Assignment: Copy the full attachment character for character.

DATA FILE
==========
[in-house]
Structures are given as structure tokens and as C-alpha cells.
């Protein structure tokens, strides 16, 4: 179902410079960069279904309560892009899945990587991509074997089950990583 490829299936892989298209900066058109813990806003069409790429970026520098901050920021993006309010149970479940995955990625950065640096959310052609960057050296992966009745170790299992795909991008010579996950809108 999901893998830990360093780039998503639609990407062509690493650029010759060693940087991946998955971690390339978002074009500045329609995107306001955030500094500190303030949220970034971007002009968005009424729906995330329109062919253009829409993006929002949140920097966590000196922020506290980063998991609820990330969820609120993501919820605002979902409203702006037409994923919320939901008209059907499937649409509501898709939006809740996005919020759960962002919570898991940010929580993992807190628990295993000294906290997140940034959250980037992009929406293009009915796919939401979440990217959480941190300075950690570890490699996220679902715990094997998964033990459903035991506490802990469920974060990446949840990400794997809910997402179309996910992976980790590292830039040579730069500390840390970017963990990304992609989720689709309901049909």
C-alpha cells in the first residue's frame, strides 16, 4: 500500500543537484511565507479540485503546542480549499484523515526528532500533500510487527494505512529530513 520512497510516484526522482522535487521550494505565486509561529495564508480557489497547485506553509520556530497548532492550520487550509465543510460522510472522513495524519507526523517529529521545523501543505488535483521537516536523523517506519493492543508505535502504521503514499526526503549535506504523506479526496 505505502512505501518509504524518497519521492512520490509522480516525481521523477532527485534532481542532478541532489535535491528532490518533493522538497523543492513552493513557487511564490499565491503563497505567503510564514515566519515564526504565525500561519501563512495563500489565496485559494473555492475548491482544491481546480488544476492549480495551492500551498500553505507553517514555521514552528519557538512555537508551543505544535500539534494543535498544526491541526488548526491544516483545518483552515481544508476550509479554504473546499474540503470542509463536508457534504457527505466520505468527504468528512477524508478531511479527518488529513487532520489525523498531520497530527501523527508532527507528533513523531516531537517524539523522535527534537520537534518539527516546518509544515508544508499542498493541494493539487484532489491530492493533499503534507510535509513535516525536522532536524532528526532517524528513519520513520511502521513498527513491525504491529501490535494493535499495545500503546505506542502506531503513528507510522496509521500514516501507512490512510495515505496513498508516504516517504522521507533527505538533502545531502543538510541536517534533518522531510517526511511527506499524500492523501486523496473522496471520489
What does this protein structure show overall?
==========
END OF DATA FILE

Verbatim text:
[in-house]
Structures are given as structure tokens and as C-alpha cells.
């Protein structure tokens, strides 16, 4: 179902410079960069279904309560892009899945990587991509074997089950990583 490829299936892989298209900066058109813990806003069409790429970026520098901050920021993006309010149970479940995955990625950065640096959310052609960057050296992966009745170790299992795909991008010579996950809108 999901893998830990360093780039998503639609990407062509690493650029010759060693940087991946998955971690390339978002074009500045329609995107306001955030500094500190303030949220970034971007002009968005009424729906995330329109062919253009829409993006929002949140920097966590000196922020506290980063998991609820990330969820609120993501919820605002979902409203702006037409994923919320939901008209059907499937649409509501898709939006809740996005919020759960962002919570898991940010929580993992807190628990295993000294906290997140940034959250980037992009929406293009009915796919939401979440990217959480941190300075950690570890490699996220679902715990094997998964033990459903035991506490802990469920974060990446949840990400794997809910997402179309996910992976980790590292830039040579730069500390840390970017963990990304992609989720689709309901049909």
C-alpha cells in the first residue's frame, strides 16, 4: 500500500543537484511565507479540485503546542480549499484523515526528532500533500510487527494505512529530513 520512497510516484526522482522535487521550494505565486509561529495564508480557489497547485506553509520556530497548532492550520487550509465543510460522510472522513495524519507526523517529529521545523501543505488535483521537516536523523517506519493492543508505535502504521503514499526526503549535506504523506479526496 505505502512505501518509504524518497519521492512520490509522480516525481521523477532527485534532481542532478541532489535535491528532490518533493522538497523543492513552493513557487511564490499565491503563497505567503510564514515566519515564526504565525500561519501563512495563500489565496485559494473555492475548491482544491481546480488544476492549480495551492500551498500553505507553517514555521514552528519557538512555537508551543505544535500539534494543535498544526491541526488548526491544516483545518483552515481544508476550509479554504473546499474540503470542509463536508457534504457527505466520505468527504468528512477524508478531511479527518488529513487532520489525523498531520497530527501523527508532527507528533513523531516531537517524539523522535527534537520537534518539527516546518509544515508544508499542498493541494493539487484532489491530492493533499503534507510535509513535516525536522532536524532528526532517524528513519520513520511502521513498527513491525504491529501490535494493535499495545500503546505506542502506531503513528507510522496509521500514516501507512490512510495515505496513498508516504516517504522521507533527505538533502545531502543538510541536517534533518522531510517526511511527506499524500492523501486523496473522496471520489
What does this protein structure show overall?